# Apply describe
function
numericSeries.describe()
count 8.000000
mean 8.750000
std 17.966238
min 1.000000
25 % 1.000000
50 % 2.000000
75 % 4.500000
max 53.000000
dtype: float64

On applying pandas describe function to a dataframe, the result is also returned as a dataframe . This dataframe will consist of a statistics summary for all the numeric features of the dataframe.

# Create a dataframe
df = pd.DataFrame({
   'Subject_1_Marks': [14, 42, 21, 12, 45],
   'Subject_2_Marks': [32, 43, 23, 50, 21],
   'Subject_3_Marks': [45.0, 34.0, 23.0, 8.0, 21.0],
   'Names': ['Saksham', 'Ayushi', 'Abhishek', 'Saksham', 'Saumya']
})

# Apply describe
function
df.describe()
df.dtypes
Subject_1_Marks int64
Subject_2_Marks int64
Subject_3_Marks float64
Names object
dtype: object

Specifying include='all' will force pandas to generate summaries for all types of features in the dataframe. Some data types like string type don’t have any mean or standard deviation. In such cases, pandas will mark them as NaN.

# describe
function with include = 'all'

df.describe(include = 'all')

Suggestion : 7

A large number of methods collectively compute descriptive statistics and other related operations on DataFrame. Most of these are aggregations like sum(), mean(), but some of them, like sumsum(), produce an object of the same size. Generally speaking, these methods take an axis argument, just like ndarray.{sum, std, ...}, but the axis can be specified by name or integer,The describe() function computes a summary of statistics pertaining to the DataFrame columns.,Functions like abs(), cumprod() throw exception when the DataFrame contains character or string data because such operations cannot be performed.,Functions like sum(), cumsum() work with both numeric and character (or) string data elements without any error. Though n practice, character aggregations are never used generally, these functions do not throw any exception.

1._
import pandas as pd
import numpy as np

#Create a Dictionary of series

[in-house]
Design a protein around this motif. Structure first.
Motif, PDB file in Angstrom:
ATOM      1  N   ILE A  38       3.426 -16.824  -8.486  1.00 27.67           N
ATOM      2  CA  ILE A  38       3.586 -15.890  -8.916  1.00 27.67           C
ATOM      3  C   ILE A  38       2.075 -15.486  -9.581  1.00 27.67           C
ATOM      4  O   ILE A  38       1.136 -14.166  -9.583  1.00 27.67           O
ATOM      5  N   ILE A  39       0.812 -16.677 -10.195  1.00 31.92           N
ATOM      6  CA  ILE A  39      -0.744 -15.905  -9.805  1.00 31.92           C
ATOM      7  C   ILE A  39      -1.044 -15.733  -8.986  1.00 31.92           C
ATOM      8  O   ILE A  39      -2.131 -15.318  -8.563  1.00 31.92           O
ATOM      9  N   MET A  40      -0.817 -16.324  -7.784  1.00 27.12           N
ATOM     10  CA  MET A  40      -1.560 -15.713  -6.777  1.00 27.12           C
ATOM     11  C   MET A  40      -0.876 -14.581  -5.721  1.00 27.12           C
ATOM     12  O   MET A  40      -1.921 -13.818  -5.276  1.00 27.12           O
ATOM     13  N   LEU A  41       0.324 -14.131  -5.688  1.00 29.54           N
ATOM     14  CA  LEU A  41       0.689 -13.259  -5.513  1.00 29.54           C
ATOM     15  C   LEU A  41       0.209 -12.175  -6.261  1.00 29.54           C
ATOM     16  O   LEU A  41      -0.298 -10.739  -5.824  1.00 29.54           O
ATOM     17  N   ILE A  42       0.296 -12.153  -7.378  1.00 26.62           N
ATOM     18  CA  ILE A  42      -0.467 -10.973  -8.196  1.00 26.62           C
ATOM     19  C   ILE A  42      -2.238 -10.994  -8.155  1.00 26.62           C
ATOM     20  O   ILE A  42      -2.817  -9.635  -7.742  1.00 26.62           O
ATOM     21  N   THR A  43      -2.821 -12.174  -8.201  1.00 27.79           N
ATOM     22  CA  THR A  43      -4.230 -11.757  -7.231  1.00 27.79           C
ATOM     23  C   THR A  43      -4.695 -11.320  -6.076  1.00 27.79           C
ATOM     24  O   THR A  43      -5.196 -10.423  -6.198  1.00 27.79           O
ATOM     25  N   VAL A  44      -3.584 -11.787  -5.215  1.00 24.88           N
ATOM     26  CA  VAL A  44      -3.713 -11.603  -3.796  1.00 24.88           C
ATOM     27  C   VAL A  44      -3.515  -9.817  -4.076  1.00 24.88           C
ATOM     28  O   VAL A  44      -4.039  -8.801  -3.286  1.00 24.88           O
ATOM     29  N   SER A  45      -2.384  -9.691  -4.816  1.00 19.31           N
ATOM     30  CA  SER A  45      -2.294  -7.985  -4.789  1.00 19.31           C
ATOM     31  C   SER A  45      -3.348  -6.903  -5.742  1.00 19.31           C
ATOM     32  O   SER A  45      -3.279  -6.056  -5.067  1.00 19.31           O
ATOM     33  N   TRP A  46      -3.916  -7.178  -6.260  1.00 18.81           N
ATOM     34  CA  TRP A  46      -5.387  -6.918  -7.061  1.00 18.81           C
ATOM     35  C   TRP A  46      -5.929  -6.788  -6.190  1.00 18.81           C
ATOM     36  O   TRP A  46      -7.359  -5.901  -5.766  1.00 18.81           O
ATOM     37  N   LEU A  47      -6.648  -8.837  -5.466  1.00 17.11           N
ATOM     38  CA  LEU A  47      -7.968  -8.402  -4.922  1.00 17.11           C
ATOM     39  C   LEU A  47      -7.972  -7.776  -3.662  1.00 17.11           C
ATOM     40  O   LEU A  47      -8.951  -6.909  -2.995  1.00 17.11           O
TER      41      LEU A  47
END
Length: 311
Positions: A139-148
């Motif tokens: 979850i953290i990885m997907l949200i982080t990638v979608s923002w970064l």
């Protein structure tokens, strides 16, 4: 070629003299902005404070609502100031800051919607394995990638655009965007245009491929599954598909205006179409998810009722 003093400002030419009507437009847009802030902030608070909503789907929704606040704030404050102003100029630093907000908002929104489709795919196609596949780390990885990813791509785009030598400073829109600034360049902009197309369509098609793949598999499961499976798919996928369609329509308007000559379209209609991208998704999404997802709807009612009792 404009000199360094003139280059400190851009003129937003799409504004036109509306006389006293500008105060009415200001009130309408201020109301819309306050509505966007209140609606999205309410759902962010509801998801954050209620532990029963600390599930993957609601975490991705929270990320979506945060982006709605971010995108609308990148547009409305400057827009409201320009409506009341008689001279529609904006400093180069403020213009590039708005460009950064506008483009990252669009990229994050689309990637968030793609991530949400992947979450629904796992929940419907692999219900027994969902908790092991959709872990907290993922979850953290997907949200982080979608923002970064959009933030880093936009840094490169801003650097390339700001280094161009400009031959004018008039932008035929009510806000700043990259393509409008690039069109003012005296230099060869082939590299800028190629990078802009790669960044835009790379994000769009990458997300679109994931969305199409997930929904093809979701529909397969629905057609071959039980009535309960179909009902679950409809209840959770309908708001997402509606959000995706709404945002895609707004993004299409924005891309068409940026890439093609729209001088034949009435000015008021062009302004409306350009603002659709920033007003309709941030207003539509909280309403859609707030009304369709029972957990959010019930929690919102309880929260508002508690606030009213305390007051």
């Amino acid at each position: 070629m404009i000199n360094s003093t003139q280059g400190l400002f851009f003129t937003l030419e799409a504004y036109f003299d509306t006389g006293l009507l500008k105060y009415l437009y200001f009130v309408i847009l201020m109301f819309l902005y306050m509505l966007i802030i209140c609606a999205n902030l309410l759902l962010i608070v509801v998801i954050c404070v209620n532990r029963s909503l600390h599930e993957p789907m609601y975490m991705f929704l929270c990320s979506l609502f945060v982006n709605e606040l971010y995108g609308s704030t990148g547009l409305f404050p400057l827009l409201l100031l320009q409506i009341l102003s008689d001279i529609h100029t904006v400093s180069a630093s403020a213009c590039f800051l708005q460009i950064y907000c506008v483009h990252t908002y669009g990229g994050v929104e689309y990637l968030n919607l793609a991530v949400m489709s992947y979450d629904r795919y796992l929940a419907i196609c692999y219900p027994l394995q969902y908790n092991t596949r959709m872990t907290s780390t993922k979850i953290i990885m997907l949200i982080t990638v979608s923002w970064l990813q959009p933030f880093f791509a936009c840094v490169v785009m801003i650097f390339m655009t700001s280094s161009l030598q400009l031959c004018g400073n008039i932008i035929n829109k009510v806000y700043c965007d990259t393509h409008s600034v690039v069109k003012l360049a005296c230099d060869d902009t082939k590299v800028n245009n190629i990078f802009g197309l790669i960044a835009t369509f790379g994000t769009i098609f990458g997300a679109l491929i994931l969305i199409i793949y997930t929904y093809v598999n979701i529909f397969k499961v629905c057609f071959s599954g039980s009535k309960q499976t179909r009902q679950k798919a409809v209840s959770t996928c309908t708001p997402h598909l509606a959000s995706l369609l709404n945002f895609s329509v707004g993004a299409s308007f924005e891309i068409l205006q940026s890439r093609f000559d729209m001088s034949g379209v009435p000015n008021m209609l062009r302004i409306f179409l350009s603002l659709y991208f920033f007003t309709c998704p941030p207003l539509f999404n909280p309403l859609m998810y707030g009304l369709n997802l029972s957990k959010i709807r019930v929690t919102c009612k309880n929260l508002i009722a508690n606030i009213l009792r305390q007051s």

d = {
   'Name': pd.Series(['Tom', 'James', 'Ricky', 'Vin', 'Steve', 'Smith', 'Jack',
      'Lee', 'David', 'Gasper', 'Betina', 'Andres'
   ]),
   'Age': pd.Series([25, 26, 25, 23, 30, 29, 23, 34, 40, 30, 51, 46]),
   'Rating': pd.Series([4.23, 3.24, 3.98, 2.56, 3.20, 4.6, 3.8, 3.78, 2.98, 4.80, 4.10, 3.65])
}

#Create a DataFrame
df = pd.DataFrame(d)
print df

Its output is as follows −

    Age Name Rating
    0 25 Tom 4.23
    1 26 James 3.24
    2 25 Ricky 3.98
    3 23 Vin 2.56
    4 30 Steve 3.20
    5 29 Smith 4.60
    6 23 Jack 3.80
    7 34 Lee 3.78
    8 40 David 2.98
    9 30 Gasper 4.80
    10 51 Betina 4.10
    11 46 Andres 3.65
3._
import pandas as pd
import numpy as np

#Create a Dictionary of series
d = {
   'Name': pd.Series(['Tom', 'James', 'Ricky', 'Vin', 'Steve', 'Smith', 'Jack',
      'Lee', 'David', 'Gasper', 'Betina', 'Andres'
   ]),
   'Age': pd.Series([25, 26, 25, 23, 30, 29, 23, 34, 40, 30, 51, 46]),
   'Rating': pd.Series([4.23, 3.24, 3.98, 2.56, 3.20, 4.6, 3.8, 3.78, 2.98, 4.80, 4.10, 3.65])
}

#Create a DataFrame
df = pd.DataFrame(d)
print df.sum()
7._
import pandas as pd
import numpy as np

#Create a Dictionary of series
d = {
   'Name': pd.Series(['Tom', 'James', 'Ricky', 'Vin', 'Steve', 'Smith', 'Jack',
      'Lee', 'David', 'Gasper', 'Betina', 'Andres'
   ]),
   'Age': pd.Series([25, 26, 25, 23, 30, 29, 23, 34, 40, 30, 51, 46]),
   'Rating': pd.Series([4.23, 3.24, 3.98, 2.56, 3.20, 4.6, 3.8, 3.78, 2.98, 4.80, 4.10, 3.65])
}

#Create a DataFrame
df = pd.DataFrame(d)
print df.mean()
9._
import pandas as pd
import numpy as np

#Create a Dictionary of series
d = {
   'Name': pd.Series(['Tom', 'James', 'Ricky', 'Vin', 'Steve', 'Smith', 'Jack',
      'Lee', 'David', 'Gasper', 'Betina', 'Andres'
   ]),
   'Age': pd.Series([25, 26, 25, 23, 30, 29, 23, 34, 40, 30, 51, 46]),
   'Rating': pd.Series([4.23, 3.24, 3.98, 2.56, 3.20, 4.6, 3.8, 3.78, 2.98, 4.80, 4.10, 3.65])
}

#Create a DataFrame
df = pd.DataFrame(d)
print df.std()